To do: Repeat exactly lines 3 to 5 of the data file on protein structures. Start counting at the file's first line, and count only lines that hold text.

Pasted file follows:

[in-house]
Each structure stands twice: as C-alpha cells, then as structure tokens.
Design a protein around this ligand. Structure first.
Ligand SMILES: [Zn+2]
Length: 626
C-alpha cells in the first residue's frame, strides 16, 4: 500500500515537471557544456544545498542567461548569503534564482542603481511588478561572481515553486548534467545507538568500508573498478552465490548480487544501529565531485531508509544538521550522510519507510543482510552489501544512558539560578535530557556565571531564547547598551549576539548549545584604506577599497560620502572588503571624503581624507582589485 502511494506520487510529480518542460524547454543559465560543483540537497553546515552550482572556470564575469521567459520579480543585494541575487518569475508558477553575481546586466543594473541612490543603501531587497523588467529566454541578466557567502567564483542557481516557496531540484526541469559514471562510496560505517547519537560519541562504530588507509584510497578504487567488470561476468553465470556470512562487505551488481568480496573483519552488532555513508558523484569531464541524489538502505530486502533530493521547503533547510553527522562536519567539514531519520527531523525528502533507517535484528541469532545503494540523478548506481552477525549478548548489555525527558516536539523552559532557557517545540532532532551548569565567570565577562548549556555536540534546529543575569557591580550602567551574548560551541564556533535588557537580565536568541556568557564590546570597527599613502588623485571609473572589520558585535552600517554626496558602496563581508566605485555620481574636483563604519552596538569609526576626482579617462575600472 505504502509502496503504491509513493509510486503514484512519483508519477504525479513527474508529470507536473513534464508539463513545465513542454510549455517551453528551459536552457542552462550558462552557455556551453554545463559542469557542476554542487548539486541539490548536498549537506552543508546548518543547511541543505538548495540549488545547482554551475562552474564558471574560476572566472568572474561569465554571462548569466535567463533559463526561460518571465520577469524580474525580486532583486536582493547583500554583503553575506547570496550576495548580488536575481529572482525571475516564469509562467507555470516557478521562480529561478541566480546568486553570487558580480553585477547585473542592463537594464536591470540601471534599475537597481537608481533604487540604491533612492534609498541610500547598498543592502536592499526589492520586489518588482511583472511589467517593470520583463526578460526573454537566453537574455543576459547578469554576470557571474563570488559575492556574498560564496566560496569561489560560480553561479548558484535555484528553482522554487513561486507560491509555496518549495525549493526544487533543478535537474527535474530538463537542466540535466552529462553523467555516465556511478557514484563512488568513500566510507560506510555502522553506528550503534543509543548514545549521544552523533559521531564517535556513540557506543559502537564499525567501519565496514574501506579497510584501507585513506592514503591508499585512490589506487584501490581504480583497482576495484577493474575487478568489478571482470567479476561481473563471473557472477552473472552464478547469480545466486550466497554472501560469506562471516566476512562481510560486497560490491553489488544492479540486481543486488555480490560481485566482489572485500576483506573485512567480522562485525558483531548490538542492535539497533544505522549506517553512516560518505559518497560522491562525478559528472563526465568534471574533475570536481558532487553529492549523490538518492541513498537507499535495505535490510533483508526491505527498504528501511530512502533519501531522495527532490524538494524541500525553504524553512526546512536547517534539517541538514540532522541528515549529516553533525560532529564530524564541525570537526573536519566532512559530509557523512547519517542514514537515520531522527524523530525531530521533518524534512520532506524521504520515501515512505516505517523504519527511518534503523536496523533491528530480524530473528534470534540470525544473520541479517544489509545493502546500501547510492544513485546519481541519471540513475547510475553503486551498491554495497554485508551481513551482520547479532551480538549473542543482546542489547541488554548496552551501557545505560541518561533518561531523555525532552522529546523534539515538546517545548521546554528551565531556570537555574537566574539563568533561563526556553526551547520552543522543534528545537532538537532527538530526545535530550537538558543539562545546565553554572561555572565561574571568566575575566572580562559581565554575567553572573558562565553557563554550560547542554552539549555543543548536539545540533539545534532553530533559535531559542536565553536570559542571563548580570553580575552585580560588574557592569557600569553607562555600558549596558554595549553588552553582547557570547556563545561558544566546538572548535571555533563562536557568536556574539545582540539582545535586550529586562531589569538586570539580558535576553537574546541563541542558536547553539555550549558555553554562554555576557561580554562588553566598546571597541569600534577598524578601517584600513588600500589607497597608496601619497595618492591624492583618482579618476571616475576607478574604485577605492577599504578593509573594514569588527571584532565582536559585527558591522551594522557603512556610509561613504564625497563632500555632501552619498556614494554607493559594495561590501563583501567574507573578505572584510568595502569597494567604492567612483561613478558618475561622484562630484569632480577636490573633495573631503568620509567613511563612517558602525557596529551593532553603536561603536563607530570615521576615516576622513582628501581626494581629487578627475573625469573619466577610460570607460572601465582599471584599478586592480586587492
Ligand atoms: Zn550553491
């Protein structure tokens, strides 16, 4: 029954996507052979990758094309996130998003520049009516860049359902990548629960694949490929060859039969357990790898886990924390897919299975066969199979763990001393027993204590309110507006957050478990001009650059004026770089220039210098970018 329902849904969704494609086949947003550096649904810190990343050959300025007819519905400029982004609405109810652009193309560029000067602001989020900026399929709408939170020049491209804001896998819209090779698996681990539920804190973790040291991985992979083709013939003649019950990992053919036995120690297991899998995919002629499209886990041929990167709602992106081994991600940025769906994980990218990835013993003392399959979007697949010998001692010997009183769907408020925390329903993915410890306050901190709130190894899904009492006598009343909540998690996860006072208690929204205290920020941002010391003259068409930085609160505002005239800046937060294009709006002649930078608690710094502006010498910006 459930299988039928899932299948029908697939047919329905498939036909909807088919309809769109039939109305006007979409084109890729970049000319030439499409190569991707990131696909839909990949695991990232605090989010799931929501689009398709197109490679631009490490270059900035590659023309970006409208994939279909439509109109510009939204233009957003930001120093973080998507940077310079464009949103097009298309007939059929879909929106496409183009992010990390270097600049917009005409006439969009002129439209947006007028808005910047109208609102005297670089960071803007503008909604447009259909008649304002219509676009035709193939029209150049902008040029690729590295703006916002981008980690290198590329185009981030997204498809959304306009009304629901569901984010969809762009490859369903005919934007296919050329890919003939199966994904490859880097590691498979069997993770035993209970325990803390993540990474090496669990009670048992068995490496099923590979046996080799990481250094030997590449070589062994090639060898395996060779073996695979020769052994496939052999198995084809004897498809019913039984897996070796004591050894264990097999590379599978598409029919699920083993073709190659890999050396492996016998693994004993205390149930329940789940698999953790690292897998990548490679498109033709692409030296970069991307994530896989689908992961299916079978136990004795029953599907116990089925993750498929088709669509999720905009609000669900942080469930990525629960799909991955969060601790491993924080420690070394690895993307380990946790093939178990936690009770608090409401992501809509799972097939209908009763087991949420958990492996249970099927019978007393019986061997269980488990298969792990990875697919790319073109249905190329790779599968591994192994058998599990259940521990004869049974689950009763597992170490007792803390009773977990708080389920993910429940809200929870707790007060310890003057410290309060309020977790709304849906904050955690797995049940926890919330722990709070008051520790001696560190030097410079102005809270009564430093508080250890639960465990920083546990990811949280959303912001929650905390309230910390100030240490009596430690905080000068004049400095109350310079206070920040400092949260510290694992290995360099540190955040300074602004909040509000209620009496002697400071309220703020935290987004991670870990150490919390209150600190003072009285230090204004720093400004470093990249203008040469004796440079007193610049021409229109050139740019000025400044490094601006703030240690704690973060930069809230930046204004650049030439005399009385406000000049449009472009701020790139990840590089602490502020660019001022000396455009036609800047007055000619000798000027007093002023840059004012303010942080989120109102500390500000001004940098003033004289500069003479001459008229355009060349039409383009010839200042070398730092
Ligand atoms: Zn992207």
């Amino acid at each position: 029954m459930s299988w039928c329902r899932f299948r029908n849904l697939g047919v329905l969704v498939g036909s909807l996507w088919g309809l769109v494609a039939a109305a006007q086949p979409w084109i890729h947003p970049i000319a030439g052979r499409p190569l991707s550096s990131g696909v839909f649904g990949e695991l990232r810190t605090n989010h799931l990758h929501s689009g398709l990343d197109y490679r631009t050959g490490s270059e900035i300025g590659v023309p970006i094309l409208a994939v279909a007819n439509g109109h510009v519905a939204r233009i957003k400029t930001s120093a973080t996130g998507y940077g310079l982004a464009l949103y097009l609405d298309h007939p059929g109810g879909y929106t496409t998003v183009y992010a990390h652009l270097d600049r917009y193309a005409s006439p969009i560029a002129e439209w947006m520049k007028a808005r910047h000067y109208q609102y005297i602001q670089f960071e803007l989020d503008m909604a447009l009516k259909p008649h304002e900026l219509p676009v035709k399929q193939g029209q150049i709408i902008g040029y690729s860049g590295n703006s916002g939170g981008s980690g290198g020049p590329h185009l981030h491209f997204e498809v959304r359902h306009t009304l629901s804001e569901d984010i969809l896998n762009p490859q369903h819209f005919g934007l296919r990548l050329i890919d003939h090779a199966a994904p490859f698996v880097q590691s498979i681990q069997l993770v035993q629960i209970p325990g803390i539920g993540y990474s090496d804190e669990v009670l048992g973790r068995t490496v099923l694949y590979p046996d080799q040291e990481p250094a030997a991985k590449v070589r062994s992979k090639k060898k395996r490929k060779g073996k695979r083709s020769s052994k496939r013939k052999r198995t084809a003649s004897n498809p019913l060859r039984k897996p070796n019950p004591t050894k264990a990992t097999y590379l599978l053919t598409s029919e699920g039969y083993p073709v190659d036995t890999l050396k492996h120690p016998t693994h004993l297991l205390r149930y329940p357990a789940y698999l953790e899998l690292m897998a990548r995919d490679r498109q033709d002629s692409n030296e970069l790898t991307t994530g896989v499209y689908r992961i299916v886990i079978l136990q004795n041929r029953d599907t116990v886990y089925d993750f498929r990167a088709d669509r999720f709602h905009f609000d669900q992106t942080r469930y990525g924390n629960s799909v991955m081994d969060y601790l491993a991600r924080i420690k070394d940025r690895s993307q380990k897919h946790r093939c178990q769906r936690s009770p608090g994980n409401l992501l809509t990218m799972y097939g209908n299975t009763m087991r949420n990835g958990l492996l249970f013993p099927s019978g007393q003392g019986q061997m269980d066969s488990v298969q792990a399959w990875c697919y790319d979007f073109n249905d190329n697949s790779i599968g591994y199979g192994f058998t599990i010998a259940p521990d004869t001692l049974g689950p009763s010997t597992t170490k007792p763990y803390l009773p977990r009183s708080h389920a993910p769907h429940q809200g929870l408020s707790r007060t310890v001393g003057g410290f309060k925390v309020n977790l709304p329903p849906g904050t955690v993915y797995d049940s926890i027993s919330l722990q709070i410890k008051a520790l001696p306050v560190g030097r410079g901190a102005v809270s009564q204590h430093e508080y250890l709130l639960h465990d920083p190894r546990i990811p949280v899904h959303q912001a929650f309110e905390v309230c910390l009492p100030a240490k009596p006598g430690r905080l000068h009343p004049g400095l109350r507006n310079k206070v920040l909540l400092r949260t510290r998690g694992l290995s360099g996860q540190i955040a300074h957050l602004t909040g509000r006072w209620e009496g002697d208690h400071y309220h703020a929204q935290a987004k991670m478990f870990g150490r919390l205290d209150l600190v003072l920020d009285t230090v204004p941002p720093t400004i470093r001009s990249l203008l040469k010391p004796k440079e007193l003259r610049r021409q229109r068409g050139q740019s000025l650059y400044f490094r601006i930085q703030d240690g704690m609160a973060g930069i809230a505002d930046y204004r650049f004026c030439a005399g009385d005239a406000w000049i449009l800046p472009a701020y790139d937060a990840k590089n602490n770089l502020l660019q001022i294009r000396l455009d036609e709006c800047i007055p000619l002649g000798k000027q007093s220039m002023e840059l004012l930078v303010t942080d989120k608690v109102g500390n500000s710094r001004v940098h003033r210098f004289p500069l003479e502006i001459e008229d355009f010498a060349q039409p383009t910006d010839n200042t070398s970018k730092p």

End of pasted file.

Design a protein around this ligand. Structure first.
Ligand SMILES: [Zn+2]
Length: 626